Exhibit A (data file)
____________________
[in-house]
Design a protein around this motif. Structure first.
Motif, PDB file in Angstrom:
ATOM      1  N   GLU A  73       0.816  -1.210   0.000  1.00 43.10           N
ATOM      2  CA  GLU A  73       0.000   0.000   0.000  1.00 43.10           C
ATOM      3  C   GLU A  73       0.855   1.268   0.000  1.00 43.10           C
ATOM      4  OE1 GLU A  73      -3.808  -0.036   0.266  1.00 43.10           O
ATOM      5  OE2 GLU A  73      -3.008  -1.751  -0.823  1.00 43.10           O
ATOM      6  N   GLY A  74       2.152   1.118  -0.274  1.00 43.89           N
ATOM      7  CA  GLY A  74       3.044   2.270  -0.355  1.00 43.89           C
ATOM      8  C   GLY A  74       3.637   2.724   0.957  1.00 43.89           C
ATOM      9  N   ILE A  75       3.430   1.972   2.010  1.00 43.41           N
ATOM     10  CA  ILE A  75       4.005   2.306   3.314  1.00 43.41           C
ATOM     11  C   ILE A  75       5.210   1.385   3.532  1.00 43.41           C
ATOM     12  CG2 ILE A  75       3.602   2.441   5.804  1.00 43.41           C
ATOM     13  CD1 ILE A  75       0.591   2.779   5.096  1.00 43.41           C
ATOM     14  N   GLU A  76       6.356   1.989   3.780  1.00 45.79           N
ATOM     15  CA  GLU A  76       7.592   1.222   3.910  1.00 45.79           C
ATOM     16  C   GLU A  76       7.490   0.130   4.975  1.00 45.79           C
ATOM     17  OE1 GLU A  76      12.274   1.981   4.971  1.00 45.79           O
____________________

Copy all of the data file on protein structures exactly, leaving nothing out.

[in-house]
Design a protein around this motif. Structure first.
Motif, PDB file in Angstrom:
ATOM      1  N   GLU A  73       0.816  -1.210   0.000  1.00 43.10           N
ATOM      2  CA  GLU A  73       0.000   0.000   0.000  1.00 43.10           C
ATOM      3  C   GLU A  73       0.855   1.268   0.000  1.00 43.10           C
ATOM      4  OE1 GLU A  73      -3.808  -0.036   0.266  1.00 43.10           O
ATOM      5  OE2 GLU A  73      -3.008  -1.751  -0.823  1.00 43.10           O
ATOM      6  N   GLY A  74       2.152   1.118  -0.274  1.00 43.89           N
ATOM      7  CA  GLY A  74       3.044   2.270  -0.355  1.00 43.89           C
ATOM      8  C   GLY A  74       3.637   2.724   0.957  1.00 43.89           C
ATOM      9  N   ILE A  75       3.430   1.972   2.010  1.00 43.41           N
ATOM     10  CA  ILE A  75       4.005   2.306   3.314  1.00 43.41           C
ATOM     11  C   ILE A  75       5.210   1.385   3.532  1.00 43.41           C
ATOM     12  CG2 ILE A  75       3.602   2.441   5.804  1.00 43.41           C
ATOM     13  CD1 ILE A  75       0.591   2.779   5.096  1.00 43.41           C
ATOM     14  N   GLU A  76       6.356   1.989   3.780  1.00 45.79           N
ATOM     15  CA  GLU A  76       7.592   1.222   3.910  1.00 45.79           C
ATOM     16  C   GLU A  76       7.490   0.130   4.975  1.00 45.79           C
ATOM     17  OE1 GLU A  76      12.274   1.981   4.971  1.00 45.79           O